I agreed with the oral surgeon that I wanted to avoid any risk of jaw necrosis if possible, so I went back to the endodontist and he performed a root canal. He can’t remove the cells that cause the resorption because they are in my jaw bone, and removing them could cause ONJ. If my tooth crumbles I might still have to have an extraction and take the risk. This is very frightening to me. I also thought about the fact that millions of post-menopausal women who never had cancer take bisphosphonates because they think it will help to protect their bones. I asked everyone—my dentist, the oral surgeon, and the endodontist—whether all those millions of elderly women are also at risk for ONJ. They all said yes! My risk is higher than theirs because I took a higher dose, but I was told that the statistics indicate that two or three out of every hundred of them will get ONJ if they have a tooth extraction. I doubt that anybody told them about this side effect. Even if ONJ was mentioned, I’ll bet that they do not know that they will never be able to have tooth extractions without risking something worse than osteoporosis. Possibly some of them might have opted for the bisphosphonates anyway, but the point is that this should have been their informed decision. I imagine that if patients were really aware of their risk and what it means, sales of bisphosphonates would plummet. As I understand it, dentists are all aware of the risk, so I imagine the doctors who prescribe bisphosphonates are aware as well. Shame on them.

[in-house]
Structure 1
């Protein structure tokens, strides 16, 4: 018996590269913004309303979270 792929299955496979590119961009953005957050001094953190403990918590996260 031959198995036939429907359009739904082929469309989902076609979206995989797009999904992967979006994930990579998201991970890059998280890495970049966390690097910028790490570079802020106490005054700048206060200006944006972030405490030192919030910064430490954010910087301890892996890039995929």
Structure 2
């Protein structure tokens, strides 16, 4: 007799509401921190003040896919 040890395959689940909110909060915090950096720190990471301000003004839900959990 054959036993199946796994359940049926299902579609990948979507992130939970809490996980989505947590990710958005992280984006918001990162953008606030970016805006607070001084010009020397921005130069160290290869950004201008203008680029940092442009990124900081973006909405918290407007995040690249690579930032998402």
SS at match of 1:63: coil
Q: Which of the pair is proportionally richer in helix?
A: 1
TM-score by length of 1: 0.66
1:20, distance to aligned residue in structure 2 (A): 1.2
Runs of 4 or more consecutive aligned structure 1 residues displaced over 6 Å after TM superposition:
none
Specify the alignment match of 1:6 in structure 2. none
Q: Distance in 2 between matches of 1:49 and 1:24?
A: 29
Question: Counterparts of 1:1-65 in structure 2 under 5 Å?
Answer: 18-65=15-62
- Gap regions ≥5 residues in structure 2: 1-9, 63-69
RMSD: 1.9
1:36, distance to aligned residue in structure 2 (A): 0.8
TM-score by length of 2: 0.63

About a year later, I had a second tooth with resorption, and a second root canal. The tooth structure was not as weak in this one, so there is a better chance that it will last. About a year after that, one of my molars became infected and had to come out. This was an emergency, so I had to search quickly for an oral surgeon who I trusted. I interviewed two and felt very uneasy with both of them. They both had experience with ONJ, but they gave me careless or evasive answers to my questions, and I didn’t trust them. Finally, through a friend’s recommendation, I found an oral surgeon I did trust, and we did the procedure. Under normal circumstances, he would have done an implant, but because of my risk of ONJ, which he estimated to be as high as 15%, we just left a hole where the tooth had been. Luckily, it seems to have healed with no problem.
Next, we addressed the first tooth that had the resorption and root canal. Unfortunately, that one was helping to support a bridge in the front of my mouth. We extracted it, and I am wearing a temporary bridge as I write this. Again, an implant would have been normal if I had not had the risk of ONJ, but because of the ONJ, we are going to extend the bridge instead. One problem is that the second tooth with resorption and root canal is helping to support the bridge, and that tooth is in a weakened state. If that tooth fails, the bridge will fail. However, maybe it will be far enough in the future that we will feel safer doing an implant. Meanwhile, the bridge will be fragile, so I will not be able to bite into things like raw apples, corn on the cob, or crusty baguettes, and I will always have to wear a night guard. I suppose I’m lucky that I haven’t gotten ONJ.